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Is a STEM Career for Me?

by on December 8, 2015 | Top Stories, Career Guide

A closer look at careers in STEM

STEM is a very vast field that continually sees new changes and additions. Let's have a look at the career opportunities under each STEM discipline as listed by O*NET OnLine.

5. Geosciences

Geosciences - Is a STEM Career for Me? -

Architectural and Engineering Managers: Plan, direct, or coordinate activities in such fields as architecture and engineering or research and development in these fields.

Geoscientists, Except Hydrologists and Geographers: Study the composition, structure, and other physical aspects of the Earth. May use geological, physics, and mathematics knowledge in exploration for oil, gas, minerals, or underground water; or in waste disposal, land reclamation, or other environmental problems.

Natural Sciences Managers: Plan, direct, or coordinate activities in such fields as life sciences, physical sciences, mathematics, statistics, and research and development in these fields.

Examples of Other Careers in Geosciences
  • Atmospheric, Earth, Marine, and Space Sciences Teachers, Postsecondary
  • Chemistry Teachers, Postsecondary
  • Engineering Teachers, Postsecondary
  • Hydrologists


6. Life Sciences

Life Sciences - Is a STEM Career for Me? -

Biofuels Production Managers: Manage biofuels production and plant operations. Collect and process information on plant production and performance, diagnose problems, and design corrective procedures.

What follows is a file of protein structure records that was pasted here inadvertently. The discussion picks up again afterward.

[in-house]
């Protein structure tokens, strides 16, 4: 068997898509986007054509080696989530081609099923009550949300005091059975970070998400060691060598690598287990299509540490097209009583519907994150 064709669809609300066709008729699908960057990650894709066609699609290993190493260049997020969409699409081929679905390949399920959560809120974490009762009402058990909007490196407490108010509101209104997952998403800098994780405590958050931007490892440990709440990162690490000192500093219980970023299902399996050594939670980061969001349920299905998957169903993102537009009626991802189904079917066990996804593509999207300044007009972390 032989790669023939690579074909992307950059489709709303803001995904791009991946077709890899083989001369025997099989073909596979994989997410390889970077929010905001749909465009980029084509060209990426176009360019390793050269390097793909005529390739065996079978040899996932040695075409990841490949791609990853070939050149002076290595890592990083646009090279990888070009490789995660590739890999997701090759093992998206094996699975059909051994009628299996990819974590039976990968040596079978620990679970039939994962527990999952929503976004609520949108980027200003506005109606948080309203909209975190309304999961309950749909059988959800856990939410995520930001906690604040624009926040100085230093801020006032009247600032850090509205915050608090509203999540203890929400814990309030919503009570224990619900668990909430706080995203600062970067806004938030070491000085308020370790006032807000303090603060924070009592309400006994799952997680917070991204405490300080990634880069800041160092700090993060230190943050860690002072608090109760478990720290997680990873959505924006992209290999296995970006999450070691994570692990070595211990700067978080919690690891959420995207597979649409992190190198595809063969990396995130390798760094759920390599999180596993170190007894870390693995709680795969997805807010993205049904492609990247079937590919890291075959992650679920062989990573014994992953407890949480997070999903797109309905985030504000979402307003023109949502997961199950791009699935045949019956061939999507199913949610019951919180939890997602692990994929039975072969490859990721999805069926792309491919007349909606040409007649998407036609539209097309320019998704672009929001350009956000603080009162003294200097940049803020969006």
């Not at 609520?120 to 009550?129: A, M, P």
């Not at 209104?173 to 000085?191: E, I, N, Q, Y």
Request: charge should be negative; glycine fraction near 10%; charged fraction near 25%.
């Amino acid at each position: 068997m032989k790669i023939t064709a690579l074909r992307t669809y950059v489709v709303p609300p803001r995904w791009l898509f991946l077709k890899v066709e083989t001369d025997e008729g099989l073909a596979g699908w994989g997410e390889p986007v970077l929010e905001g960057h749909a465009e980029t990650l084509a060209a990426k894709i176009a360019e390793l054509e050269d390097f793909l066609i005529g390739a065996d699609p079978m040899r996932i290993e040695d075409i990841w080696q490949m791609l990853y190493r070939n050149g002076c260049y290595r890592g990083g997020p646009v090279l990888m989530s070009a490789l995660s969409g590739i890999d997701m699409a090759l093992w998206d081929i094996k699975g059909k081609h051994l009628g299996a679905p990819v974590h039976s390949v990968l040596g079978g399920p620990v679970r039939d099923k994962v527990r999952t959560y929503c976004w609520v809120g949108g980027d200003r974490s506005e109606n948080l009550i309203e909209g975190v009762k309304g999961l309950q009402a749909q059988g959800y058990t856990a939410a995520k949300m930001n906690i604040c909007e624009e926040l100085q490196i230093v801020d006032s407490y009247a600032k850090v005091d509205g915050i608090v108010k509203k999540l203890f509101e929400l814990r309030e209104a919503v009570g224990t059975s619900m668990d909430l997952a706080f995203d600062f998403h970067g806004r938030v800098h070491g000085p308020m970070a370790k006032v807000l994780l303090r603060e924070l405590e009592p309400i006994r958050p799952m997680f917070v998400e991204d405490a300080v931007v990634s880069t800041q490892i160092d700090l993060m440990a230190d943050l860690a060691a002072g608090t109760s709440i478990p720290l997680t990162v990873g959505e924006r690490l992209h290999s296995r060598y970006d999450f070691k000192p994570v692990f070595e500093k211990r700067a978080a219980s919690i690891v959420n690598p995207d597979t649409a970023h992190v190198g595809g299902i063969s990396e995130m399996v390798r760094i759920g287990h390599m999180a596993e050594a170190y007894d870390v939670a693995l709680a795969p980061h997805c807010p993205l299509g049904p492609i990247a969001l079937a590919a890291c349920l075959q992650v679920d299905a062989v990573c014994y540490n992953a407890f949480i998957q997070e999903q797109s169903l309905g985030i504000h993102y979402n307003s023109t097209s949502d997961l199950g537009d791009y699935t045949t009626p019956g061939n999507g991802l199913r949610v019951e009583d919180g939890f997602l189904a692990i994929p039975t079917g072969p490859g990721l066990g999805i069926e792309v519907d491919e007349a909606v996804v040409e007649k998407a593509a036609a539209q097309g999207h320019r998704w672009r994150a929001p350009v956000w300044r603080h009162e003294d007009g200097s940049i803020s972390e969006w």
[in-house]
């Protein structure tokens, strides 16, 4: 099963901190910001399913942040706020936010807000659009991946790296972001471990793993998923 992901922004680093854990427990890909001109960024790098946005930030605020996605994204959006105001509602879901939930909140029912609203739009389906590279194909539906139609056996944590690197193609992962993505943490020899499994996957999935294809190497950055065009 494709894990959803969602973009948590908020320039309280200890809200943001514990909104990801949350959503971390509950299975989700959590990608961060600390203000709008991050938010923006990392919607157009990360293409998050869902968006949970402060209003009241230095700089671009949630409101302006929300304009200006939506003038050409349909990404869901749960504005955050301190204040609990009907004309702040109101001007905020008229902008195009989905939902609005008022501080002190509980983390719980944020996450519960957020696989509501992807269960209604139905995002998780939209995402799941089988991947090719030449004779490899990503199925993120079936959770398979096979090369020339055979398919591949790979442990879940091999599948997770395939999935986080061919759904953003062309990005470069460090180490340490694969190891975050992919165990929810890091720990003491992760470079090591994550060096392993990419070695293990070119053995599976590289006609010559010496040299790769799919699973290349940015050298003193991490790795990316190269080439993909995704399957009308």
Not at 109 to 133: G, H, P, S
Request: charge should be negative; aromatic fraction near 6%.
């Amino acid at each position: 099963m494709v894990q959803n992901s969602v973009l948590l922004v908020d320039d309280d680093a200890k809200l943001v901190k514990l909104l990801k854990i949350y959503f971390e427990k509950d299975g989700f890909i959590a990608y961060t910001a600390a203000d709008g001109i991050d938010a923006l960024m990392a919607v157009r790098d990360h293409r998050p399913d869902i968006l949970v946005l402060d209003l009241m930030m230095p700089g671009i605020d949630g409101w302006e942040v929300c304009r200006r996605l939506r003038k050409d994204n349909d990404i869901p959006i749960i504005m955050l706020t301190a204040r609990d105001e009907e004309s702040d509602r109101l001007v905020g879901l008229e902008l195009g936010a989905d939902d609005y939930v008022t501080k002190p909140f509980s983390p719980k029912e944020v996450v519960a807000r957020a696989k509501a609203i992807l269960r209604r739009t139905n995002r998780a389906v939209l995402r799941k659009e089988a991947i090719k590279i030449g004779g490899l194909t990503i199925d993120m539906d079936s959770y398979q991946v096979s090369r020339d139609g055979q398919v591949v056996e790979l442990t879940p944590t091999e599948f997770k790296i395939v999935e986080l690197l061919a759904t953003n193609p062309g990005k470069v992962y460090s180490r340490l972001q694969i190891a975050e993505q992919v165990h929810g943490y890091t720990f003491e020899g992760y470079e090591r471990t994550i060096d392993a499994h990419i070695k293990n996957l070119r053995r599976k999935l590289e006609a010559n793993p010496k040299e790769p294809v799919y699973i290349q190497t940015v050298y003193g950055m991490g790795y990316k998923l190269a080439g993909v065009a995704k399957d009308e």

Dietitians and Nutritionists: Plan and conduct food service or nutritional programs to assist in the promotion of health and control of disease.

Environmental Restoration Planners: Collaborate with field and biology staff to oversee the implementation of restoration projects and to develop new products.

Food Scientists and Technologists: Use chemistry, microbiology, engineering, and other sciences to study the principles underlying the processing and deterioration of foods; analyze food content to determine levels of vitamins, fat, sugar, and protein; discover new food sources; research ways to make processed foods safe, palatable, and healthful; and apply food science knowledge to determine best ways to process, package, preserve, store, and distribute food.

Geneticists: Research and study the inheritance of traits at the molecular, organism or population level.

Zoologists and Wildlife Biologists: Study the origins, behaviour, diseases, genetics, and life processes of animals and wildlife.